They lied for different reasons, Abigail for greed and her own twisted dreams, John and Elizabeth for keep John's name clean. The lying led to many deaths, and much confusion. I think Arthur Miller was trying to tell us through The Crucible that you should always be honest even if it hurts you or
The Scarlet Letter: a story full of judgment,discrimination, and sexual stereotypes. Since the beginning of times society has been a place ruled by men. A world where women had always been looked as an inferior race despite the gender equality there should be. If a man cheats on a women, society will blame it on her, justifying the male gender actions. In The Scarlet Letter, Nathaniel Hawthorne appoints the novel in Puritan, New England, a capricious, and strictly religious society.
The Scarlet Letter by Nathaniel Hawthorne, in the tale of sin, revenge, and punishment, Hester Prynne involves herself in self-deception due to being caught up in a fraudulent interpretation of her sin and lives in an opaque concept of a better life. Hawthorne 's emotional and psychological drama revolves around Hester Prynne, who is convicted of adultery in colonial Boston by the civil and Puritan authorities. She is condemned to wear the scarlet letter "A" on her chest as a permanent sign of her sin. Consequently, Hester is complicated by her own interpretation of the letter and is embittered by the fact that she deems her punishment and the trials of her punishment will disappear along with the removal of the Scarlet Letter revealed by the characterization of her attitude in the novel. In the beginning, Hester attempts to prove that she does not care about what other people think, but later becomes paranoid and wants to escape from being the product of wrongdoing that the town perceives her as.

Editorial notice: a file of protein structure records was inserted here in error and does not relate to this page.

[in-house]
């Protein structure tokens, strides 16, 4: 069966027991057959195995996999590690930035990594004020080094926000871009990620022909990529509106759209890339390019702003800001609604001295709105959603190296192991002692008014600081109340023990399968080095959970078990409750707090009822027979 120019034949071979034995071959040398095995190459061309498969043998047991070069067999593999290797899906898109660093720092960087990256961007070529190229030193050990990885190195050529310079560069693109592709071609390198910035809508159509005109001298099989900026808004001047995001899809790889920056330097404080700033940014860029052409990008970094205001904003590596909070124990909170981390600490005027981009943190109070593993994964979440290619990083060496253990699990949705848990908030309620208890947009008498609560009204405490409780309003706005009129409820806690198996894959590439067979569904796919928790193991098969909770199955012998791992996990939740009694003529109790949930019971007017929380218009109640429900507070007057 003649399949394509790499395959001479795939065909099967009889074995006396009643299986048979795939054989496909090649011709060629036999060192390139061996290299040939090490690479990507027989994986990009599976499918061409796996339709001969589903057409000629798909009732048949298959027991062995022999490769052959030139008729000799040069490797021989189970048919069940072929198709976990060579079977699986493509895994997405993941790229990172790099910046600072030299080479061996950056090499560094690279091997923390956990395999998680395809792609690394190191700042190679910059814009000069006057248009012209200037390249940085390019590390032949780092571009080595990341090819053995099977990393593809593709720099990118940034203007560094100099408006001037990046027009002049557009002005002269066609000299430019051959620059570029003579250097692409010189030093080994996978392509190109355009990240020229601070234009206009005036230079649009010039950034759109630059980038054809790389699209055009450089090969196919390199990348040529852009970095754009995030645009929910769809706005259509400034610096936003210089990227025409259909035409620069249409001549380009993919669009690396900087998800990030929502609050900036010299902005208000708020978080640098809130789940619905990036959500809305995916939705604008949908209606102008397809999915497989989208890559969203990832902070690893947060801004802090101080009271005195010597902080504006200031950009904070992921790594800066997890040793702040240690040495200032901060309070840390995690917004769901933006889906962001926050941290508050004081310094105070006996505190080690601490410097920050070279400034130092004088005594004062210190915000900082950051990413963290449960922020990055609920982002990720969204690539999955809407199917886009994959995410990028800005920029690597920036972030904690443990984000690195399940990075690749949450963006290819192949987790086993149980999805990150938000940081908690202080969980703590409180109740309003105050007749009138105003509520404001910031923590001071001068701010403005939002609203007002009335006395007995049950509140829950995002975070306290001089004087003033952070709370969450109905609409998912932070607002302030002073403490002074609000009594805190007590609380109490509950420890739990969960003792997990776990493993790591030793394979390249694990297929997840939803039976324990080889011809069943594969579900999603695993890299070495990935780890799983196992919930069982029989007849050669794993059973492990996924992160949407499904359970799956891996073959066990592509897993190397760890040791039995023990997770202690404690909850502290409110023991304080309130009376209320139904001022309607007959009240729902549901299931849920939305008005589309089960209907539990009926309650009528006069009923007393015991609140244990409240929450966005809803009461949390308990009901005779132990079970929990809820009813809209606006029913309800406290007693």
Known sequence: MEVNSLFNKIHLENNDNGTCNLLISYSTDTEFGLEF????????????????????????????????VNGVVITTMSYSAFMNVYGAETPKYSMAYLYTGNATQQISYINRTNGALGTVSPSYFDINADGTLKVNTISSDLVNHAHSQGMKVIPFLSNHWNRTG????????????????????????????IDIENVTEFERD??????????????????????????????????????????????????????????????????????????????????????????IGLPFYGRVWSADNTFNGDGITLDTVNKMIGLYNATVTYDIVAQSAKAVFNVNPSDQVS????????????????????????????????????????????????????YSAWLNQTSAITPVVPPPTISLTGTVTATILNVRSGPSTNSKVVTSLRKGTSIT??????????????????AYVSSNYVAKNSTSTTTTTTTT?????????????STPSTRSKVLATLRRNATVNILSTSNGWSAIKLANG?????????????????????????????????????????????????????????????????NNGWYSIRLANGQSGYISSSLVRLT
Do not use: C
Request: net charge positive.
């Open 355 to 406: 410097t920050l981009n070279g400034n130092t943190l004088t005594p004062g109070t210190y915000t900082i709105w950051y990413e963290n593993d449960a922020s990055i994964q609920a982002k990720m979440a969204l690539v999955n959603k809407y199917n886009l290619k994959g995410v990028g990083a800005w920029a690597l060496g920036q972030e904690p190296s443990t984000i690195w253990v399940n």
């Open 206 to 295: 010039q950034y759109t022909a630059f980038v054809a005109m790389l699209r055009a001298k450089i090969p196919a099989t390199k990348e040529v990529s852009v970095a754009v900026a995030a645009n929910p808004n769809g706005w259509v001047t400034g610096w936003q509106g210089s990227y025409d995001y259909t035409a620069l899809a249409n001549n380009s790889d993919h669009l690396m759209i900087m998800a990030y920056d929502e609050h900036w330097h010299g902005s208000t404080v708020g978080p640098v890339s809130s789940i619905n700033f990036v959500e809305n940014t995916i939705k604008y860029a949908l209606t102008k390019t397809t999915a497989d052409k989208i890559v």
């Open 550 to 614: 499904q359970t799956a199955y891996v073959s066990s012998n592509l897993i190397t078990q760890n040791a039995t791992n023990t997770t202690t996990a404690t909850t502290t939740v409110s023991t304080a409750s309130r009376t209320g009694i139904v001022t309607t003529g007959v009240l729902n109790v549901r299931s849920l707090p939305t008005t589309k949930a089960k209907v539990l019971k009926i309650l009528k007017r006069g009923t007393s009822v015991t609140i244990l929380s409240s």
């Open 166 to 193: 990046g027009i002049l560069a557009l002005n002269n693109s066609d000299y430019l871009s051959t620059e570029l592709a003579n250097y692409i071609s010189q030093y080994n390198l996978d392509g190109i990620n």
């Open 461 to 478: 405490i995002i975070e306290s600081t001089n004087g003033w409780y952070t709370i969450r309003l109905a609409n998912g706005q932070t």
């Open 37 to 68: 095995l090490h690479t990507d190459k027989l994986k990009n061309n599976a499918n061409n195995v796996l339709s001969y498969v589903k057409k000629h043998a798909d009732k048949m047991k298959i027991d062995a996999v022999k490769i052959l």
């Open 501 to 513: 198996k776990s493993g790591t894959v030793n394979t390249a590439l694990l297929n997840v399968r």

In Hawthorne's novel The Scarlet Letter, Dimmesdale’s cowardice makes him responsible for his own and the other main characters suffering. Dimmesdale is responsible for his own misery. Cowardice is the reason for Dimmesdale’s suffering. Why he doesn't admit to his adultery with hester. Which makes him guilt ridden and he doesn't want to admit that he did it cause he is to high up in society and he doesn't want the rest of the town to see that he has committed the sin of adultery.
Hawthorne is not as straight forward with this symbol as he is in “The Birthmark”, but it is still a strong symbol when examined closely. The members of Reverend Hooper’s church are under the impression that he has committed an awful crime and is concealing a secret sin. Readers are comfortable believing his because of Hawthorne’s footnote in the original text concerning the Reverend Joseph Moody who wore a black veil after killing a dear friend (Hawthorne 8). The secret sin in “The Minister’s Black Veil” is an affair he had with the young woman who they laid to rest, and that he could have something to do with her death. The veil makes its first appearance on the day of her funeral, and Reverend Hooper says that it is a sign of mourning, but mourning who?